The question that gets a stumped pause from me now:

“What are you reading?”

Rarely an answerable question for a parent of young children.

My audio book game is strong, though, and I will pop on my new bone conduction headphones (thanks Aunt Sherri!) while I’m emptying the dishwasher to scratch my input itch.

(You know about Clifton Strengths? It’s a tool that tells you what your natural are.)

I always forget mine, but I remember at the top of the list is INPUT. 🤖

I love to know things, find out things, learn things. And tell YOU about the things.

So I’m sharing some of the most meaningful input sources in my life with you: books.

In no particular order, here you go:
 

Walking on Water by Madeleine L’Engle


From the author of A Wrinkle in Time, this book reflects on L’Engle’s lifelong integration of faith and art.

A few small phrases from this book are always in my pocket when I need context or a little light to see my way.

Letters to a Young Poet by Rainer Maria Rilke

This correspondence between the German poet and a young artist represents a mentorship we all wish we could have.

Makes me long for how we used to get letters, read them a few times, and let their words live in our imaginations while we waited for the next one to arrive. 

If you never read the book, there’s a terrific quote to store in your heart:

“Be patient toward all that is unsolved in your heart and try to love the questions themselves, like locked rooms and like books that are now written in a very foreign tongue.

“Do not now seek the answers, which cannot be given you because you would not be able to live them. And the point is, to live everything.

“Live the questions now. Perhaps you will then gradually, without noticing it, live along some distant day into the answer.”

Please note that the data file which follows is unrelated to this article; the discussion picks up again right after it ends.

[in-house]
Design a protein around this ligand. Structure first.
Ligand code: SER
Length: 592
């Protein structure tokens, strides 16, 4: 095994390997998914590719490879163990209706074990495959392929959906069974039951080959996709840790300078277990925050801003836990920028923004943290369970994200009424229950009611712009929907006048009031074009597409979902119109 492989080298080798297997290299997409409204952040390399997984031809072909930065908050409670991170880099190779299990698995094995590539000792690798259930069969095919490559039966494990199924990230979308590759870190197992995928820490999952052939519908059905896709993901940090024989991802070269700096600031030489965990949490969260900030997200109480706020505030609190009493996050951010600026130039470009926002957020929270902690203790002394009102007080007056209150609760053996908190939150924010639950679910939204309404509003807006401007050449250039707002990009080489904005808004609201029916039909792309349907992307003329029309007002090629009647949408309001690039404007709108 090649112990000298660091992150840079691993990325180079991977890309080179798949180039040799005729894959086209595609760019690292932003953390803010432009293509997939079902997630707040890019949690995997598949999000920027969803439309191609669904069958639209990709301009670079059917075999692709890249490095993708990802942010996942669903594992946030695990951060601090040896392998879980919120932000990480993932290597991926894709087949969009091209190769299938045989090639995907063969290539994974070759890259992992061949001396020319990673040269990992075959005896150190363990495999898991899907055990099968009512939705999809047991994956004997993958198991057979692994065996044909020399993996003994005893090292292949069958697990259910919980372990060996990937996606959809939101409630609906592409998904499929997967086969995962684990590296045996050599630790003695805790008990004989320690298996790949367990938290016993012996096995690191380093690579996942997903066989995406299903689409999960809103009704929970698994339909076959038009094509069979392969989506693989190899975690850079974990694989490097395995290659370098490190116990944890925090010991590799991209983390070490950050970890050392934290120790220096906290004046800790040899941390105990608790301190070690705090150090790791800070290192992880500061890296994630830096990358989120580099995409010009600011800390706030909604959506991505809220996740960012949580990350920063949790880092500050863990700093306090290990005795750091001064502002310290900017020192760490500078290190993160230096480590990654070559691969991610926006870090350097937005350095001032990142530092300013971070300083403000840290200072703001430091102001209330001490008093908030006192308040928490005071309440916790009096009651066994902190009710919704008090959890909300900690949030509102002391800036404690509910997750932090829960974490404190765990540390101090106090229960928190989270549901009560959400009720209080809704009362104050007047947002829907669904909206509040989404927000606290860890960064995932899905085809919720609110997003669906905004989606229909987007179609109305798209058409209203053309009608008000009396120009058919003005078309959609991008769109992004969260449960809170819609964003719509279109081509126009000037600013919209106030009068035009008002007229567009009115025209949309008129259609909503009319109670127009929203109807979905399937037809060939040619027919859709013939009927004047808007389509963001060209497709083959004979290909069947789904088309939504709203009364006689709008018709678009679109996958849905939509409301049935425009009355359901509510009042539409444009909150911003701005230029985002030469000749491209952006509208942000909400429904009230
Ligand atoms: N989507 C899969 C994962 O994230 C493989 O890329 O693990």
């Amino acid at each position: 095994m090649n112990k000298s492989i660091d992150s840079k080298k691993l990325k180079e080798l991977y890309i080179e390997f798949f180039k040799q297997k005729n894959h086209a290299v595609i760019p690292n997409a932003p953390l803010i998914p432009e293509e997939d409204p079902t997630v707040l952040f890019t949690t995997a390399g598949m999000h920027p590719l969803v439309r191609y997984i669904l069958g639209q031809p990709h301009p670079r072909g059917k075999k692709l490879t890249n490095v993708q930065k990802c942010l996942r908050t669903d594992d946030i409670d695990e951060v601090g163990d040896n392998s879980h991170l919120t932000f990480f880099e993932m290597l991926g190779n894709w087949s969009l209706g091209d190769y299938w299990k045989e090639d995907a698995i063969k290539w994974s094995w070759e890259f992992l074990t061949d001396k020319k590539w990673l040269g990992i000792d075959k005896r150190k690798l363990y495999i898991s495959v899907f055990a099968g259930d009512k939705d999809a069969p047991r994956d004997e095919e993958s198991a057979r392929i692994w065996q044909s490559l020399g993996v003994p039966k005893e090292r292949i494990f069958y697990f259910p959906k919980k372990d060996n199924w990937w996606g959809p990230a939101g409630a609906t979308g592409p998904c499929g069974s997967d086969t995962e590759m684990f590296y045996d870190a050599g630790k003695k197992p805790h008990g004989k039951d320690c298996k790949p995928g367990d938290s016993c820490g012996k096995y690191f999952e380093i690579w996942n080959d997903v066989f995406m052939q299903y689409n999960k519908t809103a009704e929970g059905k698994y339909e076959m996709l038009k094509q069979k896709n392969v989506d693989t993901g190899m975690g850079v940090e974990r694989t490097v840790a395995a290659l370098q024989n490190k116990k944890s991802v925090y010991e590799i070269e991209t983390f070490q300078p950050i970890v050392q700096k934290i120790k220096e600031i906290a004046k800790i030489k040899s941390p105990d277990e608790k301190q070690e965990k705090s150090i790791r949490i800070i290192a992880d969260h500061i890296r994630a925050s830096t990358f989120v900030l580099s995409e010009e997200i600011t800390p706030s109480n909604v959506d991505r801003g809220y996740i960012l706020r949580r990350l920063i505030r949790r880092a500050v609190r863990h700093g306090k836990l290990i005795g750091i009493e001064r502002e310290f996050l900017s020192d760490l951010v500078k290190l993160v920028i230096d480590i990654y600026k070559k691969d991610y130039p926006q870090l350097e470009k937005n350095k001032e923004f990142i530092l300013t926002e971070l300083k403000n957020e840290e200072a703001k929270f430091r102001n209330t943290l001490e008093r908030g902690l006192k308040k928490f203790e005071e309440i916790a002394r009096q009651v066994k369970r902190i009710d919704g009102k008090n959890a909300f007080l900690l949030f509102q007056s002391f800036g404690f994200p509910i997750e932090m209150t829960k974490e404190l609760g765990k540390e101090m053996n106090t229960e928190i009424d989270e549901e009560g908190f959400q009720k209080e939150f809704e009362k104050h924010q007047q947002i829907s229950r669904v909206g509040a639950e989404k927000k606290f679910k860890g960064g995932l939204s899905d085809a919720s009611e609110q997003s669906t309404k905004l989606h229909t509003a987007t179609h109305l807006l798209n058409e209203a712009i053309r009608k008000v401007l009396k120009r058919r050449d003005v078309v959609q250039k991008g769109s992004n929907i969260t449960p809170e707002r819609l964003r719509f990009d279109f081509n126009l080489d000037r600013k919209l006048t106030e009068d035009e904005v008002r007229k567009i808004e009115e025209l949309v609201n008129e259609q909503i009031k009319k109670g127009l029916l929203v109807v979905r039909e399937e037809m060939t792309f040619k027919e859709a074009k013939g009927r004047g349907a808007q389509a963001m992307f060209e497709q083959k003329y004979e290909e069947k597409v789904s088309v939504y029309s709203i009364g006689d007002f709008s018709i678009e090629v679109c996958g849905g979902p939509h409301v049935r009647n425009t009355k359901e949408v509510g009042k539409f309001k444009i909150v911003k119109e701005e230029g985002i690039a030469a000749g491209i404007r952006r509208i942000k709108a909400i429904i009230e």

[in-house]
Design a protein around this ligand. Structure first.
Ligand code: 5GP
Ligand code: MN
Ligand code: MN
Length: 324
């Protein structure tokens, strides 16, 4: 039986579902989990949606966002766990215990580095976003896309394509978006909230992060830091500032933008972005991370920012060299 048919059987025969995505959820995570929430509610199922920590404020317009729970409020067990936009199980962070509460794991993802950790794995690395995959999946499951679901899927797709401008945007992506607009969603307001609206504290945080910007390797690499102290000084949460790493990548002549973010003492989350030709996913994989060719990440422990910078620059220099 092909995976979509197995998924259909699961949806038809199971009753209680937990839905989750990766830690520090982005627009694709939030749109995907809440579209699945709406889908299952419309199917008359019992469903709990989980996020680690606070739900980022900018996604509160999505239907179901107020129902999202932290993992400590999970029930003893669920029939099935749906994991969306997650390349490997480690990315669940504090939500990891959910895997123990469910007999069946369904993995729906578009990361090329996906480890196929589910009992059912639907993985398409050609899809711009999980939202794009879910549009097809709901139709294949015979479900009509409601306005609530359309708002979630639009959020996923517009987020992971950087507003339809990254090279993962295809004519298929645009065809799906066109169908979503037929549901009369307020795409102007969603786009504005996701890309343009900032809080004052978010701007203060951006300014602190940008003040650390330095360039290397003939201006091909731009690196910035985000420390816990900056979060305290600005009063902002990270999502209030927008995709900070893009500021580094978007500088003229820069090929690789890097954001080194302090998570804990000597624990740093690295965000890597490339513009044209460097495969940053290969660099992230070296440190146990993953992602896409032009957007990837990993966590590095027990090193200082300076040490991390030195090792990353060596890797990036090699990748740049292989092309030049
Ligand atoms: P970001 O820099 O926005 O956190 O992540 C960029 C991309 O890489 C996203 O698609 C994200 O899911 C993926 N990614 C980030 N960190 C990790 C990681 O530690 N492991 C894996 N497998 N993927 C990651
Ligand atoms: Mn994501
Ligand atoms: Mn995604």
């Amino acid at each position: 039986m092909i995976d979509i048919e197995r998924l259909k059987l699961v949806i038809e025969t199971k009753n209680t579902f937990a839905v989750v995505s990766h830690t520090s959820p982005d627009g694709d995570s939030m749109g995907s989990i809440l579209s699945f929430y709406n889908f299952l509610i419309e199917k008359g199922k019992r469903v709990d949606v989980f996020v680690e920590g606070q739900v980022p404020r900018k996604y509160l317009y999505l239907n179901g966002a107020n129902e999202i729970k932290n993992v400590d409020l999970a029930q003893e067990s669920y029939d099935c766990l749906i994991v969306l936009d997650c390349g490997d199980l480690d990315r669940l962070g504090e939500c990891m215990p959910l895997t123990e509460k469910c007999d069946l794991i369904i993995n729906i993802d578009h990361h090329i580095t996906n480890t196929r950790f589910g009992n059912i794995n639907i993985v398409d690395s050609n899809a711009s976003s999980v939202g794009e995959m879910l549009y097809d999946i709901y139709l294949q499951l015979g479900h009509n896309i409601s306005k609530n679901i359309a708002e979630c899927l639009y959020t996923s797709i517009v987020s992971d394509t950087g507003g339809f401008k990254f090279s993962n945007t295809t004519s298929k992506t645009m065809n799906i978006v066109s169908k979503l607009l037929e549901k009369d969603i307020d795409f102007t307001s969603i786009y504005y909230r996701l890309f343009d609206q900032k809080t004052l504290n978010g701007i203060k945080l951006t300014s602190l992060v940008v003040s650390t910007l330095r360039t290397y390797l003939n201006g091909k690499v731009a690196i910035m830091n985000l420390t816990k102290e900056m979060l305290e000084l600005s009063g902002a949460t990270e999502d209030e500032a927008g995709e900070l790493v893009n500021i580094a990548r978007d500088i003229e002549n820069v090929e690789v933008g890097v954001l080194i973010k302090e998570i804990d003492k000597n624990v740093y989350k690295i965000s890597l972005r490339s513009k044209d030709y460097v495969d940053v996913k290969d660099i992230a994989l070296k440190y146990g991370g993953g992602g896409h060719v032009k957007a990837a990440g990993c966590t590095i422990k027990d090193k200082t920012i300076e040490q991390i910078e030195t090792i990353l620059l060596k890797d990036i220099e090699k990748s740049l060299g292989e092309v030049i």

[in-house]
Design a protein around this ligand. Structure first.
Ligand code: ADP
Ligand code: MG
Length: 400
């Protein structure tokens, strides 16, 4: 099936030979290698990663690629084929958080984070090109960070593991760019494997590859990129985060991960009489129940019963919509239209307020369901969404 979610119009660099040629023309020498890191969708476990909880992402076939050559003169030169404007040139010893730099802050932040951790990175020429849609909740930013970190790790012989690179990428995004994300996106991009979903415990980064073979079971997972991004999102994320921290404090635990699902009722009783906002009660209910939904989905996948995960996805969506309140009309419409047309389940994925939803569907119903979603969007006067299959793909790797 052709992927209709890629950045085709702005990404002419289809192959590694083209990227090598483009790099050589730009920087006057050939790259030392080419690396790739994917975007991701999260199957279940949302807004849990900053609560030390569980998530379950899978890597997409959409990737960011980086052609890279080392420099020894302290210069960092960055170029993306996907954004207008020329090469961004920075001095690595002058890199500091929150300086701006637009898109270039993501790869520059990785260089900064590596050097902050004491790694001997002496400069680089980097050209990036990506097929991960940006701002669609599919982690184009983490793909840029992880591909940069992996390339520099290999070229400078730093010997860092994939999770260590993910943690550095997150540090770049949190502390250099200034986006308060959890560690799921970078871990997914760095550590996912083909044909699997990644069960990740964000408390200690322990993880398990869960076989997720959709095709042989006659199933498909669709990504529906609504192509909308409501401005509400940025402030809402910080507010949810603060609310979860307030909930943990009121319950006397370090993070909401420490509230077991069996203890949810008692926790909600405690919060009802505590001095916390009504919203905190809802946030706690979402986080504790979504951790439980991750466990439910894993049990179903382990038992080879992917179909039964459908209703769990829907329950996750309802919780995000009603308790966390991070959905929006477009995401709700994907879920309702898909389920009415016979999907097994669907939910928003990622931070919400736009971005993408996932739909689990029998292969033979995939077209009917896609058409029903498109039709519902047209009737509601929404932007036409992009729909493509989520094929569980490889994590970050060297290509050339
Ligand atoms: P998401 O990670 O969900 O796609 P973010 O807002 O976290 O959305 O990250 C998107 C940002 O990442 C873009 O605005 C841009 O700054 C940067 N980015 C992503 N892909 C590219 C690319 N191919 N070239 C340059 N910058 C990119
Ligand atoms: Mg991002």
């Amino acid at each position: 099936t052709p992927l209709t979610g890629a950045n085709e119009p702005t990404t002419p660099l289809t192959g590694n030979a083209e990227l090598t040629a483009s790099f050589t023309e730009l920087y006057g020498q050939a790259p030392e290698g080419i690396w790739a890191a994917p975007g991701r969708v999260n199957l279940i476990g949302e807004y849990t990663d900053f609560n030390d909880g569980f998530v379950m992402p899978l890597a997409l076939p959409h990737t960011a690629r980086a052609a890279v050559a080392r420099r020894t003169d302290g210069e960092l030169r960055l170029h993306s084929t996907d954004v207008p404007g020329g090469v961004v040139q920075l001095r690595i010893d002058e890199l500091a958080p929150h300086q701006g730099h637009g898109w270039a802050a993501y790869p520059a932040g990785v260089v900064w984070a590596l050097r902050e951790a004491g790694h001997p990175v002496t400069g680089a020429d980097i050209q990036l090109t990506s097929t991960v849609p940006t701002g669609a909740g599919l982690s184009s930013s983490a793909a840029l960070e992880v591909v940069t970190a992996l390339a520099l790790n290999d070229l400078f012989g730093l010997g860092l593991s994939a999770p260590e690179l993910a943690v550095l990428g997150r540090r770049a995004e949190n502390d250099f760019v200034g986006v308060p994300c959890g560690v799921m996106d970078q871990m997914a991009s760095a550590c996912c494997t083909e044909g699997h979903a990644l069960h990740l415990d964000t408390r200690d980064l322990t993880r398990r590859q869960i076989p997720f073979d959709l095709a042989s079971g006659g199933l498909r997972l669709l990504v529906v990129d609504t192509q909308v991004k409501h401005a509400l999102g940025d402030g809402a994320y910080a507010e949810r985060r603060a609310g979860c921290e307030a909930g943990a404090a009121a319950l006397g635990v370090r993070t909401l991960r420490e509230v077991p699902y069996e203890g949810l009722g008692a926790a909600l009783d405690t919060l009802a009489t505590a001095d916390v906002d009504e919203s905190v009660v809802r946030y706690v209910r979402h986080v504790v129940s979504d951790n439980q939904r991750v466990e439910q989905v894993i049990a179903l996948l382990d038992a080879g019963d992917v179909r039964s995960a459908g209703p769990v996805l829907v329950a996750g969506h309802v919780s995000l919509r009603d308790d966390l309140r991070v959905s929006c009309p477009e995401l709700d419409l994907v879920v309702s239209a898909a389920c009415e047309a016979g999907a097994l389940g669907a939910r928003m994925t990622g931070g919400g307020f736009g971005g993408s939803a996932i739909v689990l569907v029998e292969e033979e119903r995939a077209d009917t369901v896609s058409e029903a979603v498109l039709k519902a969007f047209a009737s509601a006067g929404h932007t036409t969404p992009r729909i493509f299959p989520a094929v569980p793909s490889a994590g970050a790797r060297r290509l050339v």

So brilliant and so frustrating. A thought like that’s not going to get a lot of clicks these days.
 

An Everlasting Meal by Tamar Adler

I’ve told you about this book before. I love it. And there’s a cookbook now.

The book comes from Adler’s blog. She used to cook at Chez Panisse in Berkeley, and the way she writes about bread, beans, and boiling vegetables makes you want to fill up a pot with salty water and get going.

Its theme is based on an earlier book written during the Depression called How to Cook a Wolf. You’ll never look at your chopped-off onion ends the same way again.

And if you like braised beef, you won’t find a better way to do it than in this book. Risotto, too.


Anything by Anthony Doerr

 This year I listened to Cloud Cuckoo Land and All the Light We Cannot See on my walks from the train to work.

When you hear a novelist create such specific and diverse worlds and connect them in such unexpected and inevitable ways, it’s evidence that there’s beauty in the world and goodness and truth in the human imagination.

Both of these books are masterful.
 

Atlas of the Heart by Brené Brown

This book is so important for storytellers — it breaks down the nuance and facets of language we use for emotion.

When our language is clear, connection happens. (Her explanation of the difference between envy and jealousy is fascinating.)

And don’t forget — there’s only one you, and folks need to hear the story only you can sing.

Love much,

Dan

PS You know your Clifton Strengths? Tell me! I looked mine up again —
Input, Empathy, Positivity, Developer, Adaptability

PPS And something to think about — What has it looked like to live a question? What questions are you living right now? 

PPPS Here are those bone conduction headphones I told you about.